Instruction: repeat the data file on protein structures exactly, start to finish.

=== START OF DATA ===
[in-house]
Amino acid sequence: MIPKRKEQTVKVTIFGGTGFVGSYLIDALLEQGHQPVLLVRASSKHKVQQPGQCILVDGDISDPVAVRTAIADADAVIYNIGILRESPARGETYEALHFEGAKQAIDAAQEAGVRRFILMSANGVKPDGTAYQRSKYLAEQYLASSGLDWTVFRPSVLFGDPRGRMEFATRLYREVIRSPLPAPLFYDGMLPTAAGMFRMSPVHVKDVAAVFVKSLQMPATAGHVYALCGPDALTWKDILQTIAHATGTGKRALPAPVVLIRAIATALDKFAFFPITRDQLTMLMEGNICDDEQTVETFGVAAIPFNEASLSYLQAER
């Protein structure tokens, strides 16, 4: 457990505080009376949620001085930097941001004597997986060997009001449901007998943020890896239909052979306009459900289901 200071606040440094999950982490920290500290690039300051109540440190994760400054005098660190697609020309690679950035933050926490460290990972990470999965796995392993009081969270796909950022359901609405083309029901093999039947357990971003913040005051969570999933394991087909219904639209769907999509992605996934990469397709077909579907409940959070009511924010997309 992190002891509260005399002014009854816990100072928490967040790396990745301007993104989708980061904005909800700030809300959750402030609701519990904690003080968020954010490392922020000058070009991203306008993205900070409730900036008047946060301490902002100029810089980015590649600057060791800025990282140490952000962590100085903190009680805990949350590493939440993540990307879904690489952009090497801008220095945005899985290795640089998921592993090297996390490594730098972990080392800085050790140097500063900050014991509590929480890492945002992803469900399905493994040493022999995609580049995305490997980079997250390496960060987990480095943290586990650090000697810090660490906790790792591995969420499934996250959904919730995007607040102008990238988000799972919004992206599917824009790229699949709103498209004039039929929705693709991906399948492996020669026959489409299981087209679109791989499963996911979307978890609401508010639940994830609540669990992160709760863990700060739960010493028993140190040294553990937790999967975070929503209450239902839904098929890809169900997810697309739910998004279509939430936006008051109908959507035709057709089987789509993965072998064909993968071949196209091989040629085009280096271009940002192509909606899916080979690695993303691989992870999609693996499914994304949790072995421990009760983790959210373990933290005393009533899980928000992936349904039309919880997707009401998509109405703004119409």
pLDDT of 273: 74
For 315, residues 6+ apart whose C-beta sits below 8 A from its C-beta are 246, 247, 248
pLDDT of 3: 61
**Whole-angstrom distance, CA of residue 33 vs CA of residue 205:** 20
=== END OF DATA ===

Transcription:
[in-house]
Amino acid sequence: MIPKRKEQTVKVTIFGGTGFVGSYLIDALLEQGHQPVLLVRASSKHKVQQPGQCILVDGDISDPVAVRTAIADADAVIYNIGILRESPARGETYEALHFEGAKQAIDAAQEAGVRRFILMSANGVKPDGTAYQRSKYLAEQYLASSGLDWTVFRPSVLFGDPRGRMEFATRLYREVIRSPLPAPLFYDGMLPTAAGMFRMSPVHVKDVAAVFVKSLQMPATAGHVYALCGPDALTWKDILQTIAHATGTGKRALPAPVVLIRAIATALDKFAFFPITRDQLTMLMEGNICDDEQTVETFGVAAIPFNEASLSYLQAER
């Protein structure tokens, strides 16, 4: 457990505080009376949620001085930097941001004597997986060997009001449901007998943020890896239909052979306009459900289901 200071606040440094999950982490920290500290690039300051109540440190994760400054005098660190697609020309690679950035933050926490460290990972990470999965796995392993009081969270796909950022359901609405083309029901093999039947357990971003913040005051969570999933394991087909219904639209769907999509992605996934990469397709077909579907409940959070009511924010997309 992190002891509260005399002014009854816990100072928490967040790396990745301007993104989708980061904005909800700030809300959750402030609701519990904690003080968020954010490392922020000058070009991203306008993205900070409730900036008047946060301490902002100029810089980015590649600057060791800025990282140490952000962590100085903190009680805990949350590493939440993540990307879904690489952009090497801008220095945005899985290795640089998921592993090297996390490594730098972990080392800085050790140097500063900050014991509590929480890492945002992803469900399905493994040493022999995609580049995305490997980079997250390496960060987990480095943290586990650090000697810090660490906790790792591995969420499934996250959904919730995007607040102008990238988000799972919004992206599917824009790229699949709103498209004039039929929705693709991906399948492996020669026959489409299981087209679109791989499963996911979307978890609401508010639940994830609540669990992160709760863990700060739960010493028993140190040294553990937790999967975070929503209450239902839904098929890809169900997810697309739910998004279509939430936006008051109908959507035709057709089987789509993965072998064909993968071949196209091989040629085009280096271009940002192509909606899916080979690695993303691989992870999609693996499914994304949790072995421990009760983790959210373990933290005393009533899980928000992936349904039309919880997707009401998509109405703004119409």
pLDDT of 273: 74
For 315, residues 6+ apart whose C-beta sits below 8 A from its C-beta are 246, 247, 248
pLDDT of 3: 61
**Whole-angstrom distance, CA of residue 33 vs CA of residue 205:** 20